Location: Plant Science ResearchTitle: Virulence of Blumeria graminis f.sp. tritici in Brazil, South Africa, Turkey, Russia and Australia
|KLOPPE, TIM - North Carolina State University|
|BOSHOFF, WILLEM - University Of The Free State|
|PRETORIUS, ZACHARIAS - University Of The Free State|
|LESCH, DRIECUS - Syngenta - South Africa|
|AKIN, BEYHAN - International Maize & Wheat Improvement Center (CIMMYT)|
|MORGOUNOV, ALEXEY - Food And Agriculture Organization Of The United Nations|
|SHAMANIN, VLADIMIR - Omsk State Agrarian University|
|KUHNEM, PAULO - Biotrigo Genetica, Ltda|
|MURPHY, PAUL - North Carolina State University|
Submitted to: Frontiers in Plant Science
Publication Type: Peer Reviewed Journal
Publication Acceptance Date: 6/20/2022
Publication Date: 8/1/2022
Citation: Kloppe, T., Boshoff, W., Pretorius, Z., Lesch, D., Akin, B., Morgounov, A., Shamanin, V., Kuhnem, P., Murphy, P., Cowger, C. 2022. Virulence of Blumeria graminis f.sp. tritici in Brazil, South Africa, Turkey, Russia and Australia. Frontiers in Plant Science. 10:3389. https://doi.org/10.3389/fpls.2022.954958.
Interpretive Summary: The fungus Blumeria graminis f. sp. tritici (Bgt) causes wheat powdery mildew, a disease that causes losses in wheat production in many countries around the world. Bgt can adapt to control measures such as wheat resistance very quickly, so surveys are important to check whether the fungus is in the process of overcoming resistance genes(Pm genes) that are used in commercial wheat breeding programs. We tested a total of 346 Bgt isolates (samples) from 5 countries that had either recently experienced increasing powdery mildew epidemics (Brazil, South Africa and Australia) or had not recently been surveyed for Pm gene effectiveness (Turkey and Russia). Then we compared our results to surveys of U.S. and Egyptian Bgt previously conducted in our lab (390 isolates). Many of the Pm genes that may have been used for a longer time in wheat breeding (Pm1a – Pm17) were shown to have lost effectiveness. Bgt isolates from Brazil were able to overcome more of those Pm genes than isolates from any other country. Australian isolates were able to overcome Pm1a, probably because a wheat variety called Wyalkatchem that contains Pm1a had been planted widely there. We also tested a set of Pm genes that were recently brought from wild wheat relatives into winter bread wheat, although they have not yet been widely used in commercial varieties. The Bgt isolates from the Fertile Crescent countries of Egypt and Turkey stood out for their generally moderate ability to cause disease when confronted with both the older and newer Pm genes, probably because that geographic region is where both wheat and Bgt originated. These recent Pm genes could be useful sources of resistance in wheat breeding for several regions of the world where powdery mildew is a problem.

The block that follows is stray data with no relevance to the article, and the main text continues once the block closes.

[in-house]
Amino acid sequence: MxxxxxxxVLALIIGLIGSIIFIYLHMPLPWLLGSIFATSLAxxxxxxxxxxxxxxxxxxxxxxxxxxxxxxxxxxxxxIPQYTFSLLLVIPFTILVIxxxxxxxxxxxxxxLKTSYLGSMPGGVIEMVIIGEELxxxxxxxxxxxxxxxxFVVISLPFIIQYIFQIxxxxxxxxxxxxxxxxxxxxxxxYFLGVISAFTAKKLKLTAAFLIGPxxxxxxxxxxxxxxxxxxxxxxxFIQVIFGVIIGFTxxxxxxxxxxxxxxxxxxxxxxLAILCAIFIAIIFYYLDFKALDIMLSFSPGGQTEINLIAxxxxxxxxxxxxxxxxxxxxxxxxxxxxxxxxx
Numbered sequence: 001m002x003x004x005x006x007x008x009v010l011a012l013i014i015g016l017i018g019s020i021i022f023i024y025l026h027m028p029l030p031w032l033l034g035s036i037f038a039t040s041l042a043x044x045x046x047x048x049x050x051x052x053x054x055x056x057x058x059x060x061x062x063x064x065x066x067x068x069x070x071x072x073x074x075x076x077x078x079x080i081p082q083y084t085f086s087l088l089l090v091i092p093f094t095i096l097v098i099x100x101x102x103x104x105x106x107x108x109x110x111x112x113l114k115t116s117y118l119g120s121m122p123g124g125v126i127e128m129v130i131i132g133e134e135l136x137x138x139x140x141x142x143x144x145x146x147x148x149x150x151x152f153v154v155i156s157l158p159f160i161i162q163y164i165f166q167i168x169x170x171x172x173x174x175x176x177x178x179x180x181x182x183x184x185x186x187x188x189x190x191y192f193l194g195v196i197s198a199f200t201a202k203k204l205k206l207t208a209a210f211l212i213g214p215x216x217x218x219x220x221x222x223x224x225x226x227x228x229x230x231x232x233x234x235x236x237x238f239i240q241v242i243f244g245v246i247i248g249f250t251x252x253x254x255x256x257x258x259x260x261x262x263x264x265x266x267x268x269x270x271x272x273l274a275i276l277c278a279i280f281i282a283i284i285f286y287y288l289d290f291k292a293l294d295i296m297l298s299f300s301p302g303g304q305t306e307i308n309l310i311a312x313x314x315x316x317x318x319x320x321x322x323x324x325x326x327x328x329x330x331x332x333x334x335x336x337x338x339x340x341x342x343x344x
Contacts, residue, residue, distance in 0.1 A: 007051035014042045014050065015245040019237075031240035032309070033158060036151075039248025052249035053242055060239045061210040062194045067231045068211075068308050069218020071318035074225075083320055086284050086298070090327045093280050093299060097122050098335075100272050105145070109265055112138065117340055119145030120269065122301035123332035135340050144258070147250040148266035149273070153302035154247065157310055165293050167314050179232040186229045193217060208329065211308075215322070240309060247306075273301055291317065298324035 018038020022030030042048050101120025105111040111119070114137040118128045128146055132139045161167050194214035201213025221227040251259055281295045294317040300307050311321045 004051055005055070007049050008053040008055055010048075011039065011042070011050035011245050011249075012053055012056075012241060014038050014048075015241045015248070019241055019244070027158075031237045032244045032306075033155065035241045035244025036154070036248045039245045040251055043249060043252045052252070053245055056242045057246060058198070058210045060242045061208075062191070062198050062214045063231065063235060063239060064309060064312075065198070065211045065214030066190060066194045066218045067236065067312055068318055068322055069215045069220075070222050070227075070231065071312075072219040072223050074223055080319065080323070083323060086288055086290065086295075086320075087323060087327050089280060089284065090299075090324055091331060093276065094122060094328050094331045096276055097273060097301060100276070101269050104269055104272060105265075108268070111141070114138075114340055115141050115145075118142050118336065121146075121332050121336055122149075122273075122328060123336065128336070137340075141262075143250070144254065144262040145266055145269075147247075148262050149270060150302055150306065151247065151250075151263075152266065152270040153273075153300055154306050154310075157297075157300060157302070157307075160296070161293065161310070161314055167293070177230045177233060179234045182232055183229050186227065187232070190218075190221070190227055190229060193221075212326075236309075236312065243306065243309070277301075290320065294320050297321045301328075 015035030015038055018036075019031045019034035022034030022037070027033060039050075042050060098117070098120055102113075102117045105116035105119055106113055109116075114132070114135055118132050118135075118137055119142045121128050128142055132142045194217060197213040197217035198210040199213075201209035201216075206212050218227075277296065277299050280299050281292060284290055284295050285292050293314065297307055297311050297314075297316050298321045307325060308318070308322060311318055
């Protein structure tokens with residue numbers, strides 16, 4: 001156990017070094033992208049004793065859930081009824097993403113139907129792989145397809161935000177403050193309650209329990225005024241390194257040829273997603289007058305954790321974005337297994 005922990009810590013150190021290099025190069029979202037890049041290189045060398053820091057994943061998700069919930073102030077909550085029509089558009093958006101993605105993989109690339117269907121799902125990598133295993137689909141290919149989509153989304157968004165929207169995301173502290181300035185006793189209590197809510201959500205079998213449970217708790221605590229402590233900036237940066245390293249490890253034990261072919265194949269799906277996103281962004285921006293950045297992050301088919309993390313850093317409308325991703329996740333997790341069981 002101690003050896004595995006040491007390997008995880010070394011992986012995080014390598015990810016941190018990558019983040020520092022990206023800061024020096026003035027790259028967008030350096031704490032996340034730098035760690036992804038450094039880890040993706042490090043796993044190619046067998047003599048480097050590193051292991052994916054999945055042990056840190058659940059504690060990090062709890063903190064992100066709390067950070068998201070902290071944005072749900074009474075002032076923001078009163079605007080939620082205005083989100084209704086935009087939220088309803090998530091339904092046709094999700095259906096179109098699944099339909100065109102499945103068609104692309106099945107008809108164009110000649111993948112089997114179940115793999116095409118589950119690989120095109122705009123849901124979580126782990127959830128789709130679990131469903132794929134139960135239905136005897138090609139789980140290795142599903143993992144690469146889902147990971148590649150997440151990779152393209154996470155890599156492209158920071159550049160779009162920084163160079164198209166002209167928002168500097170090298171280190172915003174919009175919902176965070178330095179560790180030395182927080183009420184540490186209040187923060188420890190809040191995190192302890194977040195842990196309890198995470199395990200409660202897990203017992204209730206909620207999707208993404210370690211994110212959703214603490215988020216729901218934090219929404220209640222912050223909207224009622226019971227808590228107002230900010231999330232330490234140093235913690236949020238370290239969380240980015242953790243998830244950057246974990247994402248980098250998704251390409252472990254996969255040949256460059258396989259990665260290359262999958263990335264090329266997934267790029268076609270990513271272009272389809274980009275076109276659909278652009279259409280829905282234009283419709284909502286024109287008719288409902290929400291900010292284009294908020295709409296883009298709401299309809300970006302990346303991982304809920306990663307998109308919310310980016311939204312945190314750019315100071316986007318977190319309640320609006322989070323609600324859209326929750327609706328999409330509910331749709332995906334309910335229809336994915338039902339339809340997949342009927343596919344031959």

Technical Abstract: The globally distributed causal agent of powdery mildew on wheat, Blumeria graminis f. sp. tritici (Bgt), is one of the most rapidly adapting plant pathogens and requires monitoring for shifts in virulence to wheat resistance (Pm) genes. Virulence frequencies were assessed in a total of 346 Bgt isolates from 5 countries that had either lately recorded increasing powdery mildew epidemics (Brazil, South Africa and Australia) or not recently been surveyed (Turkey and Russia). The results were compared to previously published surveys of U.S. and Egyptian Bgt (390 isolates). Many of the Pm genes that have potentially been employed longer (Pm1a – Pm17) were shown to have lost effectiveness, and the complexity of virulence to those genes was higher among Brazilian isolates than those from any other country. Some cases of high virulence frequency could be linked to specific Pm gene deployments, such as the widespread planting of cultivar Wyalkatchem (Pm1a) in Australia. Virulence was also assessed to a set of Pm genes recently introgressed from diploid and tetraploid wheat relatives into a hexaploid winter wheat background and not yet commercially deployed. The isolate collections from Fertile Crescent countries (Egypt and Turkey) stood out for their generally moderate frequencies of virulence to both the older and newer Pm genes, consistent with that region’s status as center of origin for both host and pathogen. It appeared that the recently introgressed Pm genes could be useful sources of resistance in wheat breeding for other surveyed regions.